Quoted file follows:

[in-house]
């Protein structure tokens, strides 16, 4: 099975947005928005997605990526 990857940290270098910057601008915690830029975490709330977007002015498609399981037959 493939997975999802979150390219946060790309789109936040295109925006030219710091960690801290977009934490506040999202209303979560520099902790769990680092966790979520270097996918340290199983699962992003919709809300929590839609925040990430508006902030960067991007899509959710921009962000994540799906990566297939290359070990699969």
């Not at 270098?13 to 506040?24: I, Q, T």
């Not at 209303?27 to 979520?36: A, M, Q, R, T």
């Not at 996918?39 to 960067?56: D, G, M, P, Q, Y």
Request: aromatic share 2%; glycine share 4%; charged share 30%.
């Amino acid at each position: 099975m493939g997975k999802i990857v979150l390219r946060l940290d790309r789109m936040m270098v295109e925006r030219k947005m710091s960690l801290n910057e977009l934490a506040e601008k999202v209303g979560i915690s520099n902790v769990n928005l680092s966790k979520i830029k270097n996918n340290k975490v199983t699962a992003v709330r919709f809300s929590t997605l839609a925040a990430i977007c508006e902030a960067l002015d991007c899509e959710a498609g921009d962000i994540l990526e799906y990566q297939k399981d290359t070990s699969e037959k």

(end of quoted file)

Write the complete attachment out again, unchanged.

[in-house]
């Protein structure tokens, strides 16, 4: 099975947005928005997605990526 990857940290270098910057601008915690830029975490709330977007002015498609399981037959 493939997975999802979150390219946060790309789109936040295109925006030219710091960690801290977009934490506040999202209303979560520099902790769990680092966790979520270097996918340290199983699962992003919709809300929590839609925040990430508006902030960067991007899509959710921009962000994540799906990566297939290359070990699969």
């Not at 270098?13 to 506040?24: I, Q, T």
């Not at 209303?27 to 979520?36: A, M, Q, R, T």
């Not at 996918?39 to 960067?56: D, G, M, P, Q, Y």
Request: aromatic share 2%; glycine share 4%; charged share 30%.
């Amino acid at each position: 099975m493939g997975k999802i990857v979150l390219r946060l940290d790309r789109m936040m270098v295109e925006r030219k947005m710091s960690l801290n910057e977009l934490a506040e601008k999202v209303g979560i915690s520099n902790v769990n928005l680092s966790k979520i830029k270097n996918n340290k975490v199983t699962a992003v709330r919709f809300s929590t997605l839609a925040a990430i977007c508006e902030a960067l002015d991007c899509e959710a498609g921009d962000i994540l990526e799906y990566q297939k399981d290359t070990s699969e037959k």